Watching Gus Grissom's miserable face insisting, "The hatch just blew!" in The Right Stuff made me wonder if anybody remembers him and Edward White and Roger Chaffee cooked alive in their Saturn rocket on the launching pad. But we don't even want to go to the Moon anymore, so what's to remember? And even though Kubrick gets the last laugh as the space shuttle Challenger earlier this year went up (two years after Columbia), missing only a Pan Am logo to make it just like a movie, a jumbo jet in outer space, landing on a dime--even with this, our attention wanders.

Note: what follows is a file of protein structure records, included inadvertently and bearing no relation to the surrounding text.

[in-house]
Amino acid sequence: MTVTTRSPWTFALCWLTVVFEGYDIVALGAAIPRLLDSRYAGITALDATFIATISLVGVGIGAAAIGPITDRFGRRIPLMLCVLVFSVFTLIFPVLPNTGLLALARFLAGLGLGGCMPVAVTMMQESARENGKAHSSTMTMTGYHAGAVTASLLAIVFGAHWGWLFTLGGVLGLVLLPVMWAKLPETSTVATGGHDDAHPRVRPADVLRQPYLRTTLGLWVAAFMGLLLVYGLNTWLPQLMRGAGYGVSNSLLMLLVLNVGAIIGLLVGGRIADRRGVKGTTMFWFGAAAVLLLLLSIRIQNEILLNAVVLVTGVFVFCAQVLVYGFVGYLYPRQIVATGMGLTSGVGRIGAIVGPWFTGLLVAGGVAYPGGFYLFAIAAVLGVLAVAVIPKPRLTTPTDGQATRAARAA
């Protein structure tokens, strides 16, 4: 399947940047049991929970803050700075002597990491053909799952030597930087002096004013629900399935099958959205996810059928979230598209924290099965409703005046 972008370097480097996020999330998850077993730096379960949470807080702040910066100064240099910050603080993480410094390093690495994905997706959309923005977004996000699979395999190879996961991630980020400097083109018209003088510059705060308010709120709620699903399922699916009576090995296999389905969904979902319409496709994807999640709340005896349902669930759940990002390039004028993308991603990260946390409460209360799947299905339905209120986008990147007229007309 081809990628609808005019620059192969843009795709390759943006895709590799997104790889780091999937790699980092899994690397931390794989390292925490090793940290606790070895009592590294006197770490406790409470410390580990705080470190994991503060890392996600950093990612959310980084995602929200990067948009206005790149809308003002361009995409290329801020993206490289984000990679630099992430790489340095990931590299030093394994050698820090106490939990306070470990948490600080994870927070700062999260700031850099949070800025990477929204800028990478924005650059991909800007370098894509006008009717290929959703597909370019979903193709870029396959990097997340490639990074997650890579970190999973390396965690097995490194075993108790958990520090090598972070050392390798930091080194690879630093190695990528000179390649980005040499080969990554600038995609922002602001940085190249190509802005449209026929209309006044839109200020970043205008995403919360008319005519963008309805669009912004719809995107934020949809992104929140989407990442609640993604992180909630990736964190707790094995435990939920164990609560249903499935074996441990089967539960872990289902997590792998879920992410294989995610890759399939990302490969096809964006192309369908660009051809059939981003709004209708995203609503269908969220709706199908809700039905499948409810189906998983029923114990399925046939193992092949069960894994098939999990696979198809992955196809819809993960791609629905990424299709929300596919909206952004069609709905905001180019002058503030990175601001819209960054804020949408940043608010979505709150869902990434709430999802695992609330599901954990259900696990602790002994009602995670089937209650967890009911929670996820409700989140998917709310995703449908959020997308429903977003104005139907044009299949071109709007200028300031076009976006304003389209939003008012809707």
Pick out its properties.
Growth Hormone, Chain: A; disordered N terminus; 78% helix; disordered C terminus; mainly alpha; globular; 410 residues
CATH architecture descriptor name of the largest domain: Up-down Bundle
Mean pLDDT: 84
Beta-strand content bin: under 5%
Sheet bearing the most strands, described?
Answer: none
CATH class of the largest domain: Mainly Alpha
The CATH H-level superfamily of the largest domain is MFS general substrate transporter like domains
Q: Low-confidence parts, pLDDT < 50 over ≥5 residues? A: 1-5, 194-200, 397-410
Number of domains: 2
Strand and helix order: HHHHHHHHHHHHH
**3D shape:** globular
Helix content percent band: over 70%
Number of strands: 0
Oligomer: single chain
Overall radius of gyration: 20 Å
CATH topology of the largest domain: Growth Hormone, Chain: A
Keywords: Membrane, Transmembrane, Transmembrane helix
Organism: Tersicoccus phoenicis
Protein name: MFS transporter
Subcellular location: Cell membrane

Meanwhile, in The Right Stuff the locusts descend (you can hear them on the soundtrack whenever photographers crowd around the astronauts or their wives) while the Mercury missions go up, the White House and NASA getting what it wants--but that is incidental. Director Philip Kaufman understands at least a part of Tom Wolfe's book: that the heart of the "space program" is Chuck Yeager and the boys on the salt pan in the Mohave standing on a rise like the ghosts of buffalo hunters, a John Ford Western blasting away down there at the drive-in. They smile at the foolishness, but what else is there? Where else does memory reside? The images move only once--the clouds zipping past, the black and stars hovering--and afterward it's just still pictures a widow might keep, the grown grandchildren finding them after she's gone.